Skin-Sparing Mastectomy

Traditionally, mastectomy for breast cancer involved surgical removal of the tumor and remaining breast tissue, which resulted in a long, unsightly scar across the chest. With the advent of minimally invasive surgical techniques, a long scar can be avoided. In a skin-sparing mastectomy, the breast tissue is surgically removed while leaving most of the skin intact. To thoroughly remove the breast tissue, the nipple and areola also need to be removed.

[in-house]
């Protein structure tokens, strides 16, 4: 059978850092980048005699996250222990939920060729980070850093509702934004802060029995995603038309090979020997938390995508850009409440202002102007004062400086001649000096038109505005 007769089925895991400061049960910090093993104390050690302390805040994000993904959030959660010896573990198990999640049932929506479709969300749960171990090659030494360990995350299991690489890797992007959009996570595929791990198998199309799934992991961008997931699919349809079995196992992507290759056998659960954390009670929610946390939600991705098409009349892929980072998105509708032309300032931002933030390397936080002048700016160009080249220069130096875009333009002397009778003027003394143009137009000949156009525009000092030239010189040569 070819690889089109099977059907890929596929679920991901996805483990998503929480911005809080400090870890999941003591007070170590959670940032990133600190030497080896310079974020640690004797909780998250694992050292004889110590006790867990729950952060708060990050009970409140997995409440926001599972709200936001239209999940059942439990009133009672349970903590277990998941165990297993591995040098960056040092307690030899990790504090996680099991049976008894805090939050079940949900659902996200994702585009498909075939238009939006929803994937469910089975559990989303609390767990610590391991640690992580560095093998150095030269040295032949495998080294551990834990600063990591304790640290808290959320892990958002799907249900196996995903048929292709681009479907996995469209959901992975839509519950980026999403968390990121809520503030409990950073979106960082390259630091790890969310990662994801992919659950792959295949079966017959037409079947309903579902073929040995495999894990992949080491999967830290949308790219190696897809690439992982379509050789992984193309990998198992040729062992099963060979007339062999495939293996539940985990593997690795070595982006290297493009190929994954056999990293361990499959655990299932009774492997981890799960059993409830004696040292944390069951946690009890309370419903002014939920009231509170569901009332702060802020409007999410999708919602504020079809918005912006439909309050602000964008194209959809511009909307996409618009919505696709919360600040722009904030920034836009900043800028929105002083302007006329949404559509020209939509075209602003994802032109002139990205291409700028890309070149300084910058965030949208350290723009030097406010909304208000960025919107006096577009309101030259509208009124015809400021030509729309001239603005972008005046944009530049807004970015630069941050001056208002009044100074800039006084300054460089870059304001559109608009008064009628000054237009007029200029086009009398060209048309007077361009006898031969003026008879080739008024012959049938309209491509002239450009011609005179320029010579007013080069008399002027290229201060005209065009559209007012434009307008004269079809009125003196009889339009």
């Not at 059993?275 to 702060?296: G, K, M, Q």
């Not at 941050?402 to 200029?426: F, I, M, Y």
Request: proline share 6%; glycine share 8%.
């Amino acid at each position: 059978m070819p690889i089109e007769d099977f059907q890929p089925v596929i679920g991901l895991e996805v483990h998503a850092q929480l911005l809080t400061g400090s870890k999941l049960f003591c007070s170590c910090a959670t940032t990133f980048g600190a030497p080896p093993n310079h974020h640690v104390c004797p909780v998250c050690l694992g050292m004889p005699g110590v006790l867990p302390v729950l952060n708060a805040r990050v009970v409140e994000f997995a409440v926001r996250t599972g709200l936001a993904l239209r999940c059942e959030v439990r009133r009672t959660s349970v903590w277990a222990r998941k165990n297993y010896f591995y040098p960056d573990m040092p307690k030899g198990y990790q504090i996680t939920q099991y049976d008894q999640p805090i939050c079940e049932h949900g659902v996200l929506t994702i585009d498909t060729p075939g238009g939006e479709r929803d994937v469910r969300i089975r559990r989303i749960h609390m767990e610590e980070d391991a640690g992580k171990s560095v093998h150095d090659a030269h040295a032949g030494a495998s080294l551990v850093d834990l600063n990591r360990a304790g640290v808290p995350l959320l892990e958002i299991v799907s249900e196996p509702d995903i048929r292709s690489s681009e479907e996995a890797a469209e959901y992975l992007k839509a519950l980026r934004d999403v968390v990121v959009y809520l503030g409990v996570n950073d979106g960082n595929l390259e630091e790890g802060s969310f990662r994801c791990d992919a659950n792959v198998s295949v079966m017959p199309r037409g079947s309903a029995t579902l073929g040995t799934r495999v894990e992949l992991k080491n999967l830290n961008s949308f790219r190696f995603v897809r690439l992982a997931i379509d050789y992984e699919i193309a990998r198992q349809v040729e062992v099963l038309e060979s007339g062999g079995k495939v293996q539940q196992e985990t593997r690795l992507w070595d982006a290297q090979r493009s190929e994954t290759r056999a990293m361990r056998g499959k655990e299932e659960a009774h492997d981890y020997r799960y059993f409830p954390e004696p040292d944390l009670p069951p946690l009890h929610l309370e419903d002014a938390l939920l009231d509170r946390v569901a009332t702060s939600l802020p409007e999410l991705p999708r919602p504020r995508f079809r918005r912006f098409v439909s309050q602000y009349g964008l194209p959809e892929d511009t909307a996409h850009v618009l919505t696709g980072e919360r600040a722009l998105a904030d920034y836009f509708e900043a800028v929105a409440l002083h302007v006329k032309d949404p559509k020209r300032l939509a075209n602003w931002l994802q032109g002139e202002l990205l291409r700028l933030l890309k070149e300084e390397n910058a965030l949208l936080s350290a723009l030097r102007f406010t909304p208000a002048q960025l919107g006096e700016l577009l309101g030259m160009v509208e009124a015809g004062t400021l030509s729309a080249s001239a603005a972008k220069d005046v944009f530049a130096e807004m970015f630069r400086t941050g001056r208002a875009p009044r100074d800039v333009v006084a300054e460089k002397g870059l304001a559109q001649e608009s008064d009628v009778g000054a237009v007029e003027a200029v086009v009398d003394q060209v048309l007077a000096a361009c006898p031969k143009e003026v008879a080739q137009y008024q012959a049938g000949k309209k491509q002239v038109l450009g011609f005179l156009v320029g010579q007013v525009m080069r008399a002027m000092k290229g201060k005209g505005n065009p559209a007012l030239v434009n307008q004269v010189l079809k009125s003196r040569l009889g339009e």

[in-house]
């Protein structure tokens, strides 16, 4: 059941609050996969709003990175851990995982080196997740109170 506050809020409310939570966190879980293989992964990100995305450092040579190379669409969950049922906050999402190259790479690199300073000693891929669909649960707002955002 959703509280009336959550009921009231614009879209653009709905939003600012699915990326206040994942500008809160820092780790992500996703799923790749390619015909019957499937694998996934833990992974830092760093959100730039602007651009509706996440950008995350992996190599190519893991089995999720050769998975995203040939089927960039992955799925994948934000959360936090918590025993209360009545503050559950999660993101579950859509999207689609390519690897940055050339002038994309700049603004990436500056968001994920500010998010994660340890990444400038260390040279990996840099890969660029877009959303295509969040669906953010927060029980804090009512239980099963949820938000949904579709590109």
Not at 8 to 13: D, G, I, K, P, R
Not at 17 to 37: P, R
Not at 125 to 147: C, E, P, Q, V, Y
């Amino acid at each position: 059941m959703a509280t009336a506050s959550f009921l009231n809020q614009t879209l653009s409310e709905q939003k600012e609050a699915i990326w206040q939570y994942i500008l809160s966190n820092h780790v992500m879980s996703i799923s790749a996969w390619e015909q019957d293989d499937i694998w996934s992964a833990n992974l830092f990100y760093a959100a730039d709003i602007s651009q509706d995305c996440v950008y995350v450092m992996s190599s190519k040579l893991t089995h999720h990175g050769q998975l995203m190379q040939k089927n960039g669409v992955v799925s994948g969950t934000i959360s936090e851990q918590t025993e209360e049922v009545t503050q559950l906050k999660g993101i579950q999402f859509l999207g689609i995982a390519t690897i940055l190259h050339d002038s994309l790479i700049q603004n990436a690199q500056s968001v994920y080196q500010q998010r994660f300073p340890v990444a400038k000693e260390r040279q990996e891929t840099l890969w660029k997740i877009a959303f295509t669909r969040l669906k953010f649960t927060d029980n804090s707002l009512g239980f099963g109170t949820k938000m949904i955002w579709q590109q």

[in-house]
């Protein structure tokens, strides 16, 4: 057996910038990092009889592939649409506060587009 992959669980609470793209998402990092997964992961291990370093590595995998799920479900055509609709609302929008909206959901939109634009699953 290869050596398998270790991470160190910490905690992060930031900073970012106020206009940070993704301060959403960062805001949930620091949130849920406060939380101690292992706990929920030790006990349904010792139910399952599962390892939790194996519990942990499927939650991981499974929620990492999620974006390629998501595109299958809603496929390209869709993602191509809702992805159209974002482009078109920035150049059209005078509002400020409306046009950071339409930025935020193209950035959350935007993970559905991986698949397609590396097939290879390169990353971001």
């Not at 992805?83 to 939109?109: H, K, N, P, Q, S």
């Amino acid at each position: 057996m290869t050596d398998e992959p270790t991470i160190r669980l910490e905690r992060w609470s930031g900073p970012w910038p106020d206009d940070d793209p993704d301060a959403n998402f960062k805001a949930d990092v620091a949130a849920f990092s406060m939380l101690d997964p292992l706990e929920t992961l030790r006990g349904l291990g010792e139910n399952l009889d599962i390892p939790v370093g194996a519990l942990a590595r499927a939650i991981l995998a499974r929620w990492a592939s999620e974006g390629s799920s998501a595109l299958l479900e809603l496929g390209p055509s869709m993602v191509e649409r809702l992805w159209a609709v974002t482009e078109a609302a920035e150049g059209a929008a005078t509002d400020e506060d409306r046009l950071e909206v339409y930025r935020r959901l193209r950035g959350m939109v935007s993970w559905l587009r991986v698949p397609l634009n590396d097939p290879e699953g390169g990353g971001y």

The skin-sparing mastectomy places a small incision either around the areola or in a lollipop-like shape so that the resulting scar is completely below the level of the nipple. Through this procedure, total removal of the tumor and breast tissue is possible without the removal of healthy breast skin. Whenever feasible, the incision around the areola can be made on the breast in a manner consistent with accepted practice in breast cosmetic surgery.

After a skin-sparing mastectomy, the empty skin envelope can be tailored to an optimal shape by the reconstructive plastic surgeon. This procedure can also correct pre-existing problems such as breast droopiness and poor shape. The skin envelope is filled with either the patient's own tissue, an implant, or a combination of the two.